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Published May 25, 2011, 10:35 AM

ND governor hopes to overcome Tolna Coulee resistance

BISMARCK, N.D. — Gov. Jack Dalrymple said Tuesday he hoped to convince Devils Lake city officials that a water control structure on the Tolna Coulee will help the region get rid of some of its excess lake water.

By: Dale Wetzel, Associated Press

BISMARCK, N.D. — Gov. Jack Dalrymple said Tuesday he hoped to convince Devils Lake city officials that a water control structure on the Tolna Coulee will help the region get rid of some of its excess lake water.

The state wants to put the structure on land owned by the city of Devils Lake, and the City Commission voted Monday to deny the state permission to build in its preferred location.

Devils Lake's Mayor Dick Johnson said he was concerned the structure would act as a dam on the coulee, rather than allowing water to flow through it to the Sheyenne River.

“We can't hold any more water back, so it's in the best interest of our community to reject that at this time,” Johnson told KZZY Radio of Devils Lake.

Dalrymple said the structure will be designed to ensure that water flowing into the coulee is released gradually into the river. It is not intended to hold water that would otherwise move south, he said.

“A lot of these things are a matter of communication,” Dalrymple told The Associated Press. “They need to be talked through, and people need to come to understand what the purpose of the structure is for.”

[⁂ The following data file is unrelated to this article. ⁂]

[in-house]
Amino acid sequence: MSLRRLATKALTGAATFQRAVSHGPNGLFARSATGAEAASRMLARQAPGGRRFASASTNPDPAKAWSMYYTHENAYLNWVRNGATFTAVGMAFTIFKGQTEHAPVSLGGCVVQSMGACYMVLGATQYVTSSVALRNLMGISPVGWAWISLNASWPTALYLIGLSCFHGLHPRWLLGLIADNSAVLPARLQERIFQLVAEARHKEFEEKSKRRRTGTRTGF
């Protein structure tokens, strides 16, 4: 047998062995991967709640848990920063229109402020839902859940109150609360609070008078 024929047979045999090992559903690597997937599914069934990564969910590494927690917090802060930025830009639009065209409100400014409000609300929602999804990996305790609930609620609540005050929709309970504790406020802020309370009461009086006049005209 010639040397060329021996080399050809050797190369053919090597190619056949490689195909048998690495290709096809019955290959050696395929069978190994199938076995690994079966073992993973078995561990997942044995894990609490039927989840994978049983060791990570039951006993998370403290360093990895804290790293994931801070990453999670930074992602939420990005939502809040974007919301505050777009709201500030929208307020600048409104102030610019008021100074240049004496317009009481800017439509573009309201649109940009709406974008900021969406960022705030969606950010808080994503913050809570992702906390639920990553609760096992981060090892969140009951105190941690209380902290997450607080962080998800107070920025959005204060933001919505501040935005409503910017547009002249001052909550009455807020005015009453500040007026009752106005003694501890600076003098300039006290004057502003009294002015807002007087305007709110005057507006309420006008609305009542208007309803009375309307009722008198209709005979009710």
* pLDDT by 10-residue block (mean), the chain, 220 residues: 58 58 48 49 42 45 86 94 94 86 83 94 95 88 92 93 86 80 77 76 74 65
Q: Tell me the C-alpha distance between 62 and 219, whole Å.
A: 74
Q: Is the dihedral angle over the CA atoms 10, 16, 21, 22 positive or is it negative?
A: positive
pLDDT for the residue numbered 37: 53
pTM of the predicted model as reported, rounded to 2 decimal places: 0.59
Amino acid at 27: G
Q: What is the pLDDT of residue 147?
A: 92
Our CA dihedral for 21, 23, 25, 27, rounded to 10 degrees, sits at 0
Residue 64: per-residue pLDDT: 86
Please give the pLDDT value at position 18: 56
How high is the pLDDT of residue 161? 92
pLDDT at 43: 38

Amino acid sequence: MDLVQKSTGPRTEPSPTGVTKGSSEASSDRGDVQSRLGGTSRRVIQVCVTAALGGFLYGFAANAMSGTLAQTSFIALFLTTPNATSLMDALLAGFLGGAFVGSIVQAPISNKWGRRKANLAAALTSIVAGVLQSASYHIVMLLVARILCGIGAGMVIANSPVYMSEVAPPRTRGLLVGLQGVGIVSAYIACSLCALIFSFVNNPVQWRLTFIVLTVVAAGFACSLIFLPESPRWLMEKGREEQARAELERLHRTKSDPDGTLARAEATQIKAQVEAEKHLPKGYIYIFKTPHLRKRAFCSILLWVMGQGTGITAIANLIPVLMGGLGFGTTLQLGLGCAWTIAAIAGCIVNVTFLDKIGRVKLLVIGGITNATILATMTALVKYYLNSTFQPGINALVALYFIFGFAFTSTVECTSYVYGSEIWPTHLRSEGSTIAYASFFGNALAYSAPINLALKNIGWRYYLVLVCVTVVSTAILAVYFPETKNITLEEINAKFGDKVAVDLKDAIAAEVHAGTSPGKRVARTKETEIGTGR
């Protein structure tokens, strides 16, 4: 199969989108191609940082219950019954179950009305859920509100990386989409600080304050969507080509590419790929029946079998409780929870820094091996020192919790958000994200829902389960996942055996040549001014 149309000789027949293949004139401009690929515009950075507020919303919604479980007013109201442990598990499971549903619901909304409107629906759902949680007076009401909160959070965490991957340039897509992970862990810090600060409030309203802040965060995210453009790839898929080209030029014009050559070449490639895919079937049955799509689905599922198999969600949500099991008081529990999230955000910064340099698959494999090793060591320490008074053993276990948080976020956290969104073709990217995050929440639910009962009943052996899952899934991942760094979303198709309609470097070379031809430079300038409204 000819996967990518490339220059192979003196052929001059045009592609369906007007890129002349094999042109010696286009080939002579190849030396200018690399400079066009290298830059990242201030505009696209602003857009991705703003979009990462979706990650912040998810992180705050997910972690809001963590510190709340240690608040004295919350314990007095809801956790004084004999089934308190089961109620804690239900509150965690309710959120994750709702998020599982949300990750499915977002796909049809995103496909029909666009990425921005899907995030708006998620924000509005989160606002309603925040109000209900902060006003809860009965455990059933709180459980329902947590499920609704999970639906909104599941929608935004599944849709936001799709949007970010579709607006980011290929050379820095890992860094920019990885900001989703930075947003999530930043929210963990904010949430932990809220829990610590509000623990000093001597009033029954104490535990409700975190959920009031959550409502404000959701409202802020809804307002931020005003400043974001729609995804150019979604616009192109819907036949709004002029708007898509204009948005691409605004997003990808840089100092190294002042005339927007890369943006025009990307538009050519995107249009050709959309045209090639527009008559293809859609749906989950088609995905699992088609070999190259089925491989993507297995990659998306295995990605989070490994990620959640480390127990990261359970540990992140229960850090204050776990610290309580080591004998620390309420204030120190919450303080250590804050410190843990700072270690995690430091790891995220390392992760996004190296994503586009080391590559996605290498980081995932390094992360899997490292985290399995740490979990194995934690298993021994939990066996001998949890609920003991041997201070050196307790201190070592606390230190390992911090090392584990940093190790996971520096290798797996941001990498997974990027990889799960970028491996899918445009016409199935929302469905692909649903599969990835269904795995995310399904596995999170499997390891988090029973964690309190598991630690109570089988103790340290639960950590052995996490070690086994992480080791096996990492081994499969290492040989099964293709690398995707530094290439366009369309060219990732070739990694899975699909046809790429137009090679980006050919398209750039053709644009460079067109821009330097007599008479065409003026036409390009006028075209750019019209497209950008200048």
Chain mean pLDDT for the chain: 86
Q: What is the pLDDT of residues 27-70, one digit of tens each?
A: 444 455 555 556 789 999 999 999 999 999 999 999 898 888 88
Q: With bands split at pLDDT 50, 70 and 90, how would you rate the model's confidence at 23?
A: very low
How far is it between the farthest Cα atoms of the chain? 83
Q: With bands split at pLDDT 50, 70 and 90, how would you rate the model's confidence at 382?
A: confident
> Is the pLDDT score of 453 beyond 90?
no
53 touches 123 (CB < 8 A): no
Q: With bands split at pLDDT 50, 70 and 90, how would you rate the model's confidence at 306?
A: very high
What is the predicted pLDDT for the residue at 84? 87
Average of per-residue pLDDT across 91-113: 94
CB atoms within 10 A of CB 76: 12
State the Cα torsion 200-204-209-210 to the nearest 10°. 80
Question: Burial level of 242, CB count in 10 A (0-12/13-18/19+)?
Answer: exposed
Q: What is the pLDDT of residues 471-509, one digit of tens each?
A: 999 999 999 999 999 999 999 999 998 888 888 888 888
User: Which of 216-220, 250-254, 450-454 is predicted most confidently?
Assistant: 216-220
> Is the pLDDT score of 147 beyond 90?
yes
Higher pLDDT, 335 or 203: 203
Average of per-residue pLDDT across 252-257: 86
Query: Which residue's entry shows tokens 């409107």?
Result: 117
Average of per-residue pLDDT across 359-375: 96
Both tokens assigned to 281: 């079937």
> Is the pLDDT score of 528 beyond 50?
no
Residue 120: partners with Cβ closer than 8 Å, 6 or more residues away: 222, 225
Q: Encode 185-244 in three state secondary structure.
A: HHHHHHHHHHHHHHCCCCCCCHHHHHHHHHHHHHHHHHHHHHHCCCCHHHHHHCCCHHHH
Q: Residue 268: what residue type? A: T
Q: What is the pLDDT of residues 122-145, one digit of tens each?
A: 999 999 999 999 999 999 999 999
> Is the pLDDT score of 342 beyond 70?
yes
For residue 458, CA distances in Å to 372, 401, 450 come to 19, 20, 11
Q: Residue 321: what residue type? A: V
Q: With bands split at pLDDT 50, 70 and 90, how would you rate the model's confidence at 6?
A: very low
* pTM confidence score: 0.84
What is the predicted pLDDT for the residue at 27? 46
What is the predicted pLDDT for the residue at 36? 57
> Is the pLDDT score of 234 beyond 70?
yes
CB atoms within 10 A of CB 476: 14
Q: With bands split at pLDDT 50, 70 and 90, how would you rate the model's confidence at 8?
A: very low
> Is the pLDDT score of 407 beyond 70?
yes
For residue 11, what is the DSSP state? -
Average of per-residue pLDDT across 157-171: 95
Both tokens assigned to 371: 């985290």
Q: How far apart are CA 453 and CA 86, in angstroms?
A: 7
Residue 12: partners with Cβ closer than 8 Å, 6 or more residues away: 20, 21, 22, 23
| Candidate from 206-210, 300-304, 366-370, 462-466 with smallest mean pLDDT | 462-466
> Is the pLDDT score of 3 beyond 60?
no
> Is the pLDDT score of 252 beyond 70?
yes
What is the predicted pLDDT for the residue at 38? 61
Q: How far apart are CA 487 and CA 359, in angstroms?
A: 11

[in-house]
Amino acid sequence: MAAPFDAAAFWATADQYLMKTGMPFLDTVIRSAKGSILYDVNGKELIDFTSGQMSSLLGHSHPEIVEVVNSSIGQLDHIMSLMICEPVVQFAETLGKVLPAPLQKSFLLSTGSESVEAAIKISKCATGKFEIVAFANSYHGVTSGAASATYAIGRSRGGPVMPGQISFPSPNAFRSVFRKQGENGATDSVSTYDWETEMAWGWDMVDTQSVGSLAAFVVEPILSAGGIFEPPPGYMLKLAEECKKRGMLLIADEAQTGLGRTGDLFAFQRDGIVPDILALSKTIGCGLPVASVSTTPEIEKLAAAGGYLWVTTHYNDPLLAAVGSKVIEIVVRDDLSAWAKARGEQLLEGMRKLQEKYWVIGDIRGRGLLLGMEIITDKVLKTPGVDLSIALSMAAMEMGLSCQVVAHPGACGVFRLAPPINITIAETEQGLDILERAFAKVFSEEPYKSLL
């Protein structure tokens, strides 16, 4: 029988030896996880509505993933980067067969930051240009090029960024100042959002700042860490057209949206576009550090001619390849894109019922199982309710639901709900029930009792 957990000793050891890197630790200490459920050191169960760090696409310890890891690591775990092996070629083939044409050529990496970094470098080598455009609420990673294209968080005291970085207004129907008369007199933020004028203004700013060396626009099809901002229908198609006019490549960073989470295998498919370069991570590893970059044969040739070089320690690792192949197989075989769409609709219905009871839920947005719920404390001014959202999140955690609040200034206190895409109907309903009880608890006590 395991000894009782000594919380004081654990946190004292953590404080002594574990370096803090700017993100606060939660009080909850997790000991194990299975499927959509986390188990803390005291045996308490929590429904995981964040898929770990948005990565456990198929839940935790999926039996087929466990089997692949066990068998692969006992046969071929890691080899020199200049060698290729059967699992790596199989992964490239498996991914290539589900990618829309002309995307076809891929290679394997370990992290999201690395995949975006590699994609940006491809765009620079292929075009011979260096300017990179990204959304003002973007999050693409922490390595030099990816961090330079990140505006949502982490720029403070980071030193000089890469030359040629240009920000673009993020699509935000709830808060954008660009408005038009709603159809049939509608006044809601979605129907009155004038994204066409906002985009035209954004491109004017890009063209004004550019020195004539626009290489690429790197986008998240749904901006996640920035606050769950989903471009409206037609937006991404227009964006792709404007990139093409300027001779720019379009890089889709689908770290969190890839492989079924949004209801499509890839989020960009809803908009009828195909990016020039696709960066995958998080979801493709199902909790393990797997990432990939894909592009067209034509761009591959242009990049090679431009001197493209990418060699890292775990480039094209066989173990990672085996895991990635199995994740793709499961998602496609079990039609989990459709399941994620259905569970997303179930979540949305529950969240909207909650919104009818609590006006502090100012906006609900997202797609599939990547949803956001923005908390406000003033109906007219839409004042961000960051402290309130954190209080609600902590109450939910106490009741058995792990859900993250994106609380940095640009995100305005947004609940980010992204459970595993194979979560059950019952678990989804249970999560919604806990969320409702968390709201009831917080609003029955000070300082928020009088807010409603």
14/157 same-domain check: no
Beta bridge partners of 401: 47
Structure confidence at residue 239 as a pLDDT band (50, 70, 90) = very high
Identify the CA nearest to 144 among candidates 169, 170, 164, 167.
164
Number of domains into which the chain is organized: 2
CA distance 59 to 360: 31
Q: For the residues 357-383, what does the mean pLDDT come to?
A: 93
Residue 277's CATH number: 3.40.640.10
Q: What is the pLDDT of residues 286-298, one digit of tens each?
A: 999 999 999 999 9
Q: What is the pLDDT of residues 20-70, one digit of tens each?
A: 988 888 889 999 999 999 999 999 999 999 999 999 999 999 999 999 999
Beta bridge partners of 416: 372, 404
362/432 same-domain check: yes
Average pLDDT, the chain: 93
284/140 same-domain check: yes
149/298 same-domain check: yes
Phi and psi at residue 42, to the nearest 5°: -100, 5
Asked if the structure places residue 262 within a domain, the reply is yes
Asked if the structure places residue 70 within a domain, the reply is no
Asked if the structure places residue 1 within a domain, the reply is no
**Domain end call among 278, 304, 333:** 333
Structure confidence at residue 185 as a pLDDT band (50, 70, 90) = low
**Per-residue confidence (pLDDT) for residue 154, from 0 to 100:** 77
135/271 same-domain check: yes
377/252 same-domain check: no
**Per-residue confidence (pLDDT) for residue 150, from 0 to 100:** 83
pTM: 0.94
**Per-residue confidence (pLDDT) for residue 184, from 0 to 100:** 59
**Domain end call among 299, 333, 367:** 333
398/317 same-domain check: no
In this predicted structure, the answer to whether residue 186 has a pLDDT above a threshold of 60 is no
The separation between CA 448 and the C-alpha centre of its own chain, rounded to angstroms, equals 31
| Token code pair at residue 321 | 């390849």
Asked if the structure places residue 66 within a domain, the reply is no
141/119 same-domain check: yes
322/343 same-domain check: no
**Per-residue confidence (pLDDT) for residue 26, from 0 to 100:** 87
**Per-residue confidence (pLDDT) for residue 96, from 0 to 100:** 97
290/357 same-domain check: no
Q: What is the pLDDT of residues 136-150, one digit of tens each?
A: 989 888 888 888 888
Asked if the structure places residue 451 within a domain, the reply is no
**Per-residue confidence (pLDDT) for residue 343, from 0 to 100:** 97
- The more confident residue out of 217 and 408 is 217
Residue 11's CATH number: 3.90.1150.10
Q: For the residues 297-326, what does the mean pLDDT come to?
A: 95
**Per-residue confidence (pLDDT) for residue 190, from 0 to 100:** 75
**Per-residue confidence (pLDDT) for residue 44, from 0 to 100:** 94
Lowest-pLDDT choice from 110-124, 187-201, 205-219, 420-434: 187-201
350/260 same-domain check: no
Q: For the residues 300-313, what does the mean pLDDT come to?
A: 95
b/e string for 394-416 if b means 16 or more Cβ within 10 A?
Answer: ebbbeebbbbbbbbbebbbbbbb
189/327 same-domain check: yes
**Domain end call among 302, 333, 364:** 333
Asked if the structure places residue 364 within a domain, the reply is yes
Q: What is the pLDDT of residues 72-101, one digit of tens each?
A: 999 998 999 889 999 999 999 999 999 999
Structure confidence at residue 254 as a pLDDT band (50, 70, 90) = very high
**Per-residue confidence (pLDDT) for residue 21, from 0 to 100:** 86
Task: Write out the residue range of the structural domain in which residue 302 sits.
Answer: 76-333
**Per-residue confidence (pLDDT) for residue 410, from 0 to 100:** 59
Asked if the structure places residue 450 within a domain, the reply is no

Devils Lake has risen more than 30 feet and quadrupled in size since the early 1990s, flooding thousands of acres of farmland, displacing homes and requiring millions of dollars to be spent on raising and repairing roads.

The lake has no natural outlet until it reaches 1,458 feet above sea level. At that point, lake water would flow naturally through the Tolna Coulee into the Sheyenne River.

On Tuesday, the lake was at 1,454.2 feet above sea level. It was at 1,422.4 feet in October 1992.

State officials contend the structure is necessary to avoid a rush of water into the Sheyenne if Devils Lake gets high enough to flow naturally.

Hundreds of people attended a rally at the coulee last week to support a plan for digging out the channel to allow the water to flow before the lake reaches 1,458 feet above sea level.

Dalrymple said any attempt to hurry the coulee's natural drainage would cause a host of problems, in part because of the poor water quality on the east end of the lake where the coulee is located. It would push sulfate concentrations in the Sheyenne River to unacceptable levels, the governor said.

“I think we just have to realize that we do have an issue with the level of trust up in the Devils Lake area,” Dalrymple said. “They've heard a lot of things over the years, and some of them turned out to not be true. So they question everything, and that's understandable.”

The state Water Commission also plans to increase the pumping capacity of a water drainage outlet on Devils Lake's west end and build a second outlet on the lake's east end to accelerate the movement of excess water.

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